Executive summaryThe objective of the project:The objective of this study is to scrutinize the possibilities and drawbacks of using storytellingas a means of developing and marketing Nordic tourism destinations. On the basis of fiveselected Nordic cases, the study sheds light both on the ways in which storytelling is practicedand how stakeholder cooperation unfolds and seeks to determine the prerequisites for usingstorytelling as part of a destination development strategy.The study has achieved this objective by:- Producing five Nordic case analyses on specific storytelling destination based onqualitative research methods.- Developing a theoretical model which establishes an understanding of destinations aslaced with stories and how stories can form constituent parts of destination marketingand development.- Giving a critical view on possibilities and drawbacks of storytelling in destinationdevelopment with particular focus on storytelling practices and stakeholder cooperation.- Learning from experience across Nordic destinations through comparative analysis.- Working in close cooperation with selected stakeholders and disseminating knowledgefrom the case studies.Method:The empirical data collected relate to five different cases, one from each Nordic country, andfocus on various tourism-related storytelling efforts. The five cases are at different stages,some in their introduction stage, others in growth or maturity stages of development.Interviews were conducted with all in all 83 stakeholders, in addition to a number of informaltalks with both stakeholders and visitors from the five case study areas. These werecomplemented with desk research analysing industry documents, marketing material andmedia coverage in relation to each case. Furthermore, observations of storytelling practisesand stakeholder meetings have been carried out in the Danish, Swedish, Norwegian andIceland cases. The Finnish case was in a start up phase and no observations could beconducted, instead field studies of potential storytelling areas were practiced. For the Swedishcase, a quantitative questionnaire study of 52 respondents with focus on visitors‟ experiencescomplemented the interviews. Based on thorough analyses, critical moments in thestorytelling processes are identified and analyzed from a development and marketingperspective. The research group has worked in close contact with both public and privatestakeholders in each case during the data collection process.Main results:The theoretical model of this research project is founded in storytelling literature, primarilymarketing related contributions, as well as theory on inter-organisational relations andrevolves around four closely interrelated elements: types of stakeholders involved; stages ofthe storytelling process; outcome of the storytelling process; and destination development.Based on this model, storytelling is depicted as a multi-actor, multi-level process leading todestination development. A story, on which a storytelling approach is founded, has to be: a)accepted by those who are involved in the storytelling process, b) location-based and, c)subject to conceptualization and commercialization.IV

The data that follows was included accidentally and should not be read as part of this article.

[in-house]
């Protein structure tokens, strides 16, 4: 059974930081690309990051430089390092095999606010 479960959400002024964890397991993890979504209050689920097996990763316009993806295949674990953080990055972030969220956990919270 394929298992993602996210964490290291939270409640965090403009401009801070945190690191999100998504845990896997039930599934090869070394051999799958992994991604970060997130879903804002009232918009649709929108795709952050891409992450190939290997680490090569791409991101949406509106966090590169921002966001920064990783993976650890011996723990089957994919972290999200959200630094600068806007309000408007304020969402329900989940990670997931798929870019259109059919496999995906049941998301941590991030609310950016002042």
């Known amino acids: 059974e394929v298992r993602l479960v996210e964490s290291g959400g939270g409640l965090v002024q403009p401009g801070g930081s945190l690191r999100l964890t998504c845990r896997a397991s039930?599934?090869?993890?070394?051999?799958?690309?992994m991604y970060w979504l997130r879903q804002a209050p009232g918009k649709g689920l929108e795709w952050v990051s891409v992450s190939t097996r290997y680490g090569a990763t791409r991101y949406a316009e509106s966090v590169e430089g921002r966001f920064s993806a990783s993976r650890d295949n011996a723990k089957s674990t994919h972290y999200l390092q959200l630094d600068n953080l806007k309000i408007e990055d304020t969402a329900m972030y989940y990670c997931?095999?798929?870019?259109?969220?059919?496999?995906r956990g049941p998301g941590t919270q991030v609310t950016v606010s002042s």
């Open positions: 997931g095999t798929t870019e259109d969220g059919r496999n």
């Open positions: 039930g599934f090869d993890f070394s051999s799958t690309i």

A constituent part of conceptualization and commercialization is to establish a narrativeenvironment where co-production between stakeholders and customers is central as thisensures customer involvement and a richer destination experience. The process orientedtheoretical model proclaims the significance of strong leadership and stakeholder participationand involvement. The importance of seamless communication in all directions cannot be overemphasized. An equally vital aspect is the preservation of a core group of enthusiasts whoenergise the development process.In general, the cases analyzed are characterised by individual stories of many qualities forinstance in terms of high level of engagement on the part of the individual storytellers, usingdramaturgical principles, sense stimulation and achieving customer involvement. However,not on all dimensions and in all aspects are the cases exemplary. Especially the link betweenstorytelling and destination development is less developed in some of the cases, whichindicates that skilful storytelling practices are not sufficient for storytelling to function as ameans of destination development. Excluding the storytellers and storytelling locations fromthe strategic decisions of a storytelling planning process, as well as lack of interactionhorizontally among storytellers is a serious limitation to storytelling as a destinationdevelopment tool. In other cases a relatively holistic coordinated story can, however, beidentified that ties individual stories together and on this basis a common identity for thedestination evolves. These cases are typically characterised by flat organisational structureswhere information flows freely facilitating ongoing learning processes. All five casesdemonstrate the potential for innovative destination development through a storytellingapproach, however, whereas some cases realise this potential others do not due to less thanoptimum strategic planning and stakeholder relations.ConclusionsIn each Nordic country, stories exist on which a storytelling approach to destinationdevelopment and marketing can be based. The lessons learned and practices suggested are:1. A storytelling approach used for destination development and marketing is a longterm, multi-actor, multi-level process. All stakeholders and all activities have to be intune with the storyline.2. In order for the storytelling effort to have an impact on destination development, thedestination management organisation (DMO) must establish active and on-goingcollaborative linkages with the tourism industry of the region3. A level of theatrical expertise is necessary in order to successfully communicate thestories both verbally and through displays. Such expertise can facilitate high level ofinteraction between visitors and storytellers.4. Storytelling efforts may facilitate local community building and thus be important fordestination development.RecommendationsRecommendations for practitioners:Stories can act as a framework for coordinating and packaging activities, transportation,accommodation and dining if they communicate the core values and attributes of a destinationin an understandable way. Here, the story becomes a verbal and visual metaphor which showsthe total offering. Advantages from the destination and companies‟ perspective are: The destinations and companies themed through storytelling can gain visibility in theoverall marketing of a destination and a region. There might be a multitude ofV